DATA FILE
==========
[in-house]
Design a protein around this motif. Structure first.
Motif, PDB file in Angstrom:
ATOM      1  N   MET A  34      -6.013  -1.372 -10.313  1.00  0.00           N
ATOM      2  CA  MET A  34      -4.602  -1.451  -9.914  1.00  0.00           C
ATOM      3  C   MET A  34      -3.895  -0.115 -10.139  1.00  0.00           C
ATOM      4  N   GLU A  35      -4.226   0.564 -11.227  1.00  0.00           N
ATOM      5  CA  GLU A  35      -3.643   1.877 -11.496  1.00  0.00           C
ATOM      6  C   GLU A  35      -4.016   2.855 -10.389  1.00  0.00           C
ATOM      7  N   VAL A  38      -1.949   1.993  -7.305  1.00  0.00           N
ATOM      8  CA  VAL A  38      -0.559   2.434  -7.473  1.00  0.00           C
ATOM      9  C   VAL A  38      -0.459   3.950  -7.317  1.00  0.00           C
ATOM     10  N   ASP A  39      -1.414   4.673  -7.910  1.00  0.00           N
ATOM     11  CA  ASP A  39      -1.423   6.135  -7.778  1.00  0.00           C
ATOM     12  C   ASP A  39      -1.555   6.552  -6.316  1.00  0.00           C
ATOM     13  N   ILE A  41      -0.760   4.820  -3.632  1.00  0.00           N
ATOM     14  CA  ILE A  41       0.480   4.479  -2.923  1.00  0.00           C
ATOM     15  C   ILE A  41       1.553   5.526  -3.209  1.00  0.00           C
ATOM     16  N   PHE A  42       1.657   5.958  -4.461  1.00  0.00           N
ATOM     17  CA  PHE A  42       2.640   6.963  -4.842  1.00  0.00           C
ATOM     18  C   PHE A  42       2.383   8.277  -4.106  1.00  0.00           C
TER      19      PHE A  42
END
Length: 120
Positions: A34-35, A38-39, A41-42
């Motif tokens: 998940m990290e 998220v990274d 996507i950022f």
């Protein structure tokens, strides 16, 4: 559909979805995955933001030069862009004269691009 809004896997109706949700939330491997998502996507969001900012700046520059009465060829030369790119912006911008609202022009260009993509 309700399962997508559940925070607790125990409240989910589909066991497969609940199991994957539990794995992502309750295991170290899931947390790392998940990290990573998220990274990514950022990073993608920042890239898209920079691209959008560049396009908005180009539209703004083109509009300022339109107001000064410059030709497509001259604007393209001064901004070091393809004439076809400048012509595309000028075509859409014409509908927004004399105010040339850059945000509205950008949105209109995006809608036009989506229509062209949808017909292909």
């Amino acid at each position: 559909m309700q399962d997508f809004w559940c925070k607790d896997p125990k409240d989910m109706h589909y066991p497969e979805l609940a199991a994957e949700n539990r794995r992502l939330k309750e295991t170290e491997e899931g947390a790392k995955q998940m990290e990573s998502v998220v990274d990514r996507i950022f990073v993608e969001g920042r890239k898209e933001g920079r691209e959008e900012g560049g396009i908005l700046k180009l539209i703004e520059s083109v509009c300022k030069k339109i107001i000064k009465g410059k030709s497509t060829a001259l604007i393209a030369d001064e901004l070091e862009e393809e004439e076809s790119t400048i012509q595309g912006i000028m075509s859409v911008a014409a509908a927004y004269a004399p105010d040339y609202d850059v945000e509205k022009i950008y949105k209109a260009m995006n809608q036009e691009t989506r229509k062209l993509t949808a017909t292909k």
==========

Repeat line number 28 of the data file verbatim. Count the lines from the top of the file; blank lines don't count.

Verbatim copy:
């Amino acid at each position: 559909m309700q399962d997508f809004w559940c925070k607790d896997p125990k409240d989910m109706h589909y066991p497969e979805l609940a199991a994957e949700n539990r794995r992502l939330k309750e295991t170290e491997e899931g947390a790392k995955q998940m990290e990573s998502v998220v990274d990514r996507i950022f990073v993608e969001g920042r890239k898209e933001g920079r691209e959008e900012g560049g396009i908005l700046k180009l539209i703004e520059s083109v509009c300022k030069k339109i107001i000064k009465g410059k030709s497509t060829a001259l604007i393209a030369d001064e901004l070091e862009e393809e004439e076809s790119t400048i012509q595309g912006i000028m075509s859409v911008a014409a509908a927004y004269a004399p105010d040339y609202d850059v945000e509205k022009i950008y949105k209109a260009m995006n809608q036009e691009t989506r229509k062209l993509t949808a017909t292909k």